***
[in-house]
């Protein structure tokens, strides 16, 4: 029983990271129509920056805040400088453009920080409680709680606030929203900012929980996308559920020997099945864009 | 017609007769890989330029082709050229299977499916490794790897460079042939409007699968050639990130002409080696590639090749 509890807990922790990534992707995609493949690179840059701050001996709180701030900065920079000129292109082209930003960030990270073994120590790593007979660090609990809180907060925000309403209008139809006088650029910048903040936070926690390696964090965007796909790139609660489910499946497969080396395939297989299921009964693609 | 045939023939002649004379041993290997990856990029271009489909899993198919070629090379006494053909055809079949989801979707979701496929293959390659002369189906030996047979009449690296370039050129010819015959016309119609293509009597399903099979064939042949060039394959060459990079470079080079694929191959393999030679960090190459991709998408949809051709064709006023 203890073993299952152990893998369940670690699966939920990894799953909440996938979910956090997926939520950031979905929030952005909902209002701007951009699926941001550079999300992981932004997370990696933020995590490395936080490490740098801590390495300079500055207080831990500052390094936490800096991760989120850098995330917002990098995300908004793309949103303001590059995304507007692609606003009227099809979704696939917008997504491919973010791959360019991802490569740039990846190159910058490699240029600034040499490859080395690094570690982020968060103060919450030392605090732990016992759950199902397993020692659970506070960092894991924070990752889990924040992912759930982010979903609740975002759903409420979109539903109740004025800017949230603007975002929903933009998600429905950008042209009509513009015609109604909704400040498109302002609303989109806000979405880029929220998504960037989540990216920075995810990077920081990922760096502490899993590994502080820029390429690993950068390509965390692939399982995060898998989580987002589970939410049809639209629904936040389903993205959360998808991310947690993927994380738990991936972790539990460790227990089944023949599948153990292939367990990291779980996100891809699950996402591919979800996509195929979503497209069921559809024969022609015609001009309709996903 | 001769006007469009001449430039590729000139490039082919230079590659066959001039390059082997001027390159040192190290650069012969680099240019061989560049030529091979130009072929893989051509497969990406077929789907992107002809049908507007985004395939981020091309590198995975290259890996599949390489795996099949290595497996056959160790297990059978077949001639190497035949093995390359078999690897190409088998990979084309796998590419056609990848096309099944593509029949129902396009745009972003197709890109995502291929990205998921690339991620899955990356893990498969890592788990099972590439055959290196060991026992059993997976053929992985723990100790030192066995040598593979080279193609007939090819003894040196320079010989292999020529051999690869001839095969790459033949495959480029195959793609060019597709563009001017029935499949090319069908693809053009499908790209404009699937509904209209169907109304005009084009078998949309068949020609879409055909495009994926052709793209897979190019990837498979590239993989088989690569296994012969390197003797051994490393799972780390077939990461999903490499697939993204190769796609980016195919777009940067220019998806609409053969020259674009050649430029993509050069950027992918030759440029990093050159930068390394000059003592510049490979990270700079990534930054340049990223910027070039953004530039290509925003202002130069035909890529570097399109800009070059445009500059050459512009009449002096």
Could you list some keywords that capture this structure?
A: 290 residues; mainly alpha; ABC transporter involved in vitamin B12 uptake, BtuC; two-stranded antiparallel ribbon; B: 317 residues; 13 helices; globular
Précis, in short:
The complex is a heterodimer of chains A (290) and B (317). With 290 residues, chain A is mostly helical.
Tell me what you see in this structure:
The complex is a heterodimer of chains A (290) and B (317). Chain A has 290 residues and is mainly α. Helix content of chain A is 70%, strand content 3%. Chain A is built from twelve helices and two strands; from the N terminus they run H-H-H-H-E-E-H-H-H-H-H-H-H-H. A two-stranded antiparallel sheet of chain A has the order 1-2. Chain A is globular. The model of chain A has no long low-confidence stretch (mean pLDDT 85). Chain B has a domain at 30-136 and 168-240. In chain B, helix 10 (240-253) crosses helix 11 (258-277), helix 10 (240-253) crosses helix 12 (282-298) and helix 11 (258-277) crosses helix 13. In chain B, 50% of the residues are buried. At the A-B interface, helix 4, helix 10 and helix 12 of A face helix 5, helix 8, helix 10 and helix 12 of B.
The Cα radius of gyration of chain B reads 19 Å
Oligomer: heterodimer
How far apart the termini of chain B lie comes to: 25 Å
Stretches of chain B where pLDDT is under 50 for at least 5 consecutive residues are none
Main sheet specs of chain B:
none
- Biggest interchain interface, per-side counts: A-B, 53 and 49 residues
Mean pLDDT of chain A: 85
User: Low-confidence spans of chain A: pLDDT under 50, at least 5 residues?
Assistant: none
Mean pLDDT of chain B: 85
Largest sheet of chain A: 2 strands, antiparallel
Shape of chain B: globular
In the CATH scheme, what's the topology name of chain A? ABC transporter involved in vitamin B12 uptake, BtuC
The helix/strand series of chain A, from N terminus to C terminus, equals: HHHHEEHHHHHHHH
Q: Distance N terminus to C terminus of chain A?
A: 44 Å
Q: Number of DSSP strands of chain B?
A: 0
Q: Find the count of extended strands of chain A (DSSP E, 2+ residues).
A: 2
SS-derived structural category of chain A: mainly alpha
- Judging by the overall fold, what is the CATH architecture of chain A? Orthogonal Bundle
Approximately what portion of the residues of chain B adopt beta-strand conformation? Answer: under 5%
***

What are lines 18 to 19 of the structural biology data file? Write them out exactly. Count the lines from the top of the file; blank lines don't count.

Assistant: none
Mean pLDDT of chain B: 85